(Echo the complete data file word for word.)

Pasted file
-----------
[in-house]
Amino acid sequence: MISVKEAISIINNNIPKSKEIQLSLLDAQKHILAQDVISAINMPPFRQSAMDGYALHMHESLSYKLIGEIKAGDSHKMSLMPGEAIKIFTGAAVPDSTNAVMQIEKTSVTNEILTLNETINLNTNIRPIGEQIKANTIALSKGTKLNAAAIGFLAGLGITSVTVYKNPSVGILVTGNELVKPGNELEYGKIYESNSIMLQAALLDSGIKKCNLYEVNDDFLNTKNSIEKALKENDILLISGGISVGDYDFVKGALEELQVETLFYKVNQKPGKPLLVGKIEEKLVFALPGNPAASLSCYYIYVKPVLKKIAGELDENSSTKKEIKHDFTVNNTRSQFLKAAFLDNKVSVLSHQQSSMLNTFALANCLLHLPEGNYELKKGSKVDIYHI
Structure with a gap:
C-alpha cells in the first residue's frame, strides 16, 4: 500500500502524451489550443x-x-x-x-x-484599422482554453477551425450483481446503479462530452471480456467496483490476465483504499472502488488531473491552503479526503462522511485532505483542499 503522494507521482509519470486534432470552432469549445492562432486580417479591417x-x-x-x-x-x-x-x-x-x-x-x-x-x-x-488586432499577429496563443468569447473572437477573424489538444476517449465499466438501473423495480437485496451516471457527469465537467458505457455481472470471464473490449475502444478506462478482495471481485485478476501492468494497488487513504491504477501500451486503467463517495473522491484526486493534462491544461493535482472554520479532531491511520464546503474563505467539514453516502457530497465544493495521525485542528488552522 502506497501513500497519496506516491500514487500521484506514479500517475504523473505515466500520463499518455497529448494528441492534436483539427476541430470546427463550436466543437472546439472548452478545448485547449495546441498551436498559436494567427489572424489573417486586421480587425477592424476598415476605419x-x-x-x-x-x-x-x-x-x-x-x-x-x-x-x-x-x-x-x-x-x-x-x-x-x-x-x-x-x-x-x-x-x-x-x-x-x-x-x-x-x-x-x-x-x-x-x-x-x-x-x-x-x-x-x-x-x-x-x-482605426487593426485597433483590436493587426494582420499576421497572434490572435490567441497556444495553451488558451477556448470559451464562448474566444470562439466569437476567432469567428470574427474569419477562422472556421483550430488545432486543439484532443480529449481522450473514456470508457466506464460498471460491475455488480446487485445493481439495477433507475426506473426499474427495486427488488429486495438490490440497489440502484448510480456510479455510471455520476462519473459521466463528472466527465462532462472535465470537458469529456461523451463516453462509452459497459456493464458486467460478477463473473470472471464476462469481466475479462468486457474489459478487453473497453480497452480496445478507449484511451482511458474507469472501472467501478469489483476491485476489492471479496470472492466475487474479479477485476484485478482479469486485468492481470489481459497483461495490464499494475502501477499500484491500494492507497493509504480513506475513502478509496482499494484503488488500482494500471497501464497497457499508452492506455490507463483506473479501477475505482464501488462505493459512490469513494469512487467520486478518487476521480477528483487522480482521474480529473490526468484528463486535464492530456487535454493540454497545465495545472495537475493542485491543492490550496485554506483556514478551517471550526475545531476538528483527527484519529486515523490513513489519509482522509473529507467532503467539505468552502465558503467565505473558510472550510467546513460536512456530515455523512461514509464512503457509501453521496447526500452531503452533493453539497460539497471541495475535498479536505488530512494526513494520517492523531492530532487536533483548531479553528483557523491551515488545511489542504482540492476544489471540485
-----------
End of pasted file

[in-house]
Amino acid sequence: MISVKEAISIINNNIPKSKEIQLSLLDAQKHILAQDVISAINMPPFRQSAMDGYALHMHESLSYKLIGEIKAGDSHKMSLMPGEAIKIFTGAAVPDSTNAVMQIEKTSVTNEILTLNETINLNTNIRPIGEQIKANTIALSKGTKLNAAAIGFLAGLGITSVTVYKNPSVGILVTGNELVKPGNELEYGKIYESNSIMLQAALLDSGIKKCNLYEVNDDFLNTKNSIEKALKENDILLISGGISVGDYDFVKGALEELQVETLFYKVNQKPGKPLLVGKIEEKLVFALPGNPAASLSCYYIYVKPVLKKIAGELDENSSTKKEIKHDFTVNNTRSQFLKAAFLDNKVSVLSHQQSSMLNTFALANCLLHLPEGNYELKKGSKVDIYHI
Structure with a gap:
C-alpha cells in the first residue's frame, strides 16, 4: 500500500502524451489550443x-x-x-x-x-484599422482554453477551425450483481446503479462530452471480456467496483490476465483504499472502488488531473491552503479526503462522511485532505483542499 503522494507521482509519470486534432470552432469549445492562432486580417479591417x-x-x-x-x-x-x-x-x-x-x-x-x-x-x-488586432499577429496563443468569447473572437477573424489538444476517449465499466438501473423495480437485496451516471457527469465537467458505457455481472470471464473490449475502444478506462478482495471481485485478476501492468494497488487513504491504477501500451486503467463517495473522491484526486493534462491544461493535482472554520479532531491511520464546503474563505467539514453516502457530497465544493495521525485542528488552522 502506497501513500497519496506516491500514487500521484506514479500517475504523473505515466500520463499518455497529448494528441492534436483539427476541430470546427463550436466543437472546439472548452478545448485547449495546441498551436498559436494567427489572424489573417486586421480587425477592424476598415476605419x-x-x-x-x-x-x-x-x-x-x-x-x-x-x-x-x-x-x-x-x-x-x-x-x-x-x-x-x-x-x-x-x-x-x-x-x-x-x-x-x-x-x-x-x-x-x-x-x-x-x-x-x-x-x-x-x-x-x-x-482605426487593426485597433483590436493587426494582420499576421497572434490572435490567441497556444495553451488558451477556448470559451464562448474566444470562439466569437476567432469567428470574427474569419477562422472556421483550430488545432486543439484532443480529449481522450473514456470508457466506464460498471460491475455488480446487485445493481439495477433507475426506473426499474427495486427488488429486495438490490440497489440502484448510480456510479455510471455520476462519473459521466463528472466527465462532462472535465470537458469529456461523451463516453462509452459497459456493464458486467460478477463473473470472471464476462469481466475479462468486457474489459478487453473497453480497452480496445478507449484511451482511458474507469472501472467501478469489483476491485476489492471479496470472492466475487474479479477485476484485478482479469486485468492481470489481459497483461495490464499494475502501477499500484491500494492507497493509504480513506475513502478509496482499494484503488488500482494500471497501464497497457499508452492506455490507463483506473479501477475505482464501488462505493459512490469513494469512487467520486478518487476521480477528483487522480482521474480529473490526468484528463486535464492530456487535454493540454497545465495545472495537475493542485491543492490550496485554506483556514478551517471550526475545531476538528483527527484519529486515523490513513489519509482522509473529507467532503467539505468552502465558503467565505473558510472550510467546513460536512456530515455523512461514509464512503457509501453521496447526500452531503452533493453539497460539497471541495475535498479536505488530512494526513494520517492523531492530532487536533483548531479553528483557523491551515488545511489542504482540492476544489471540485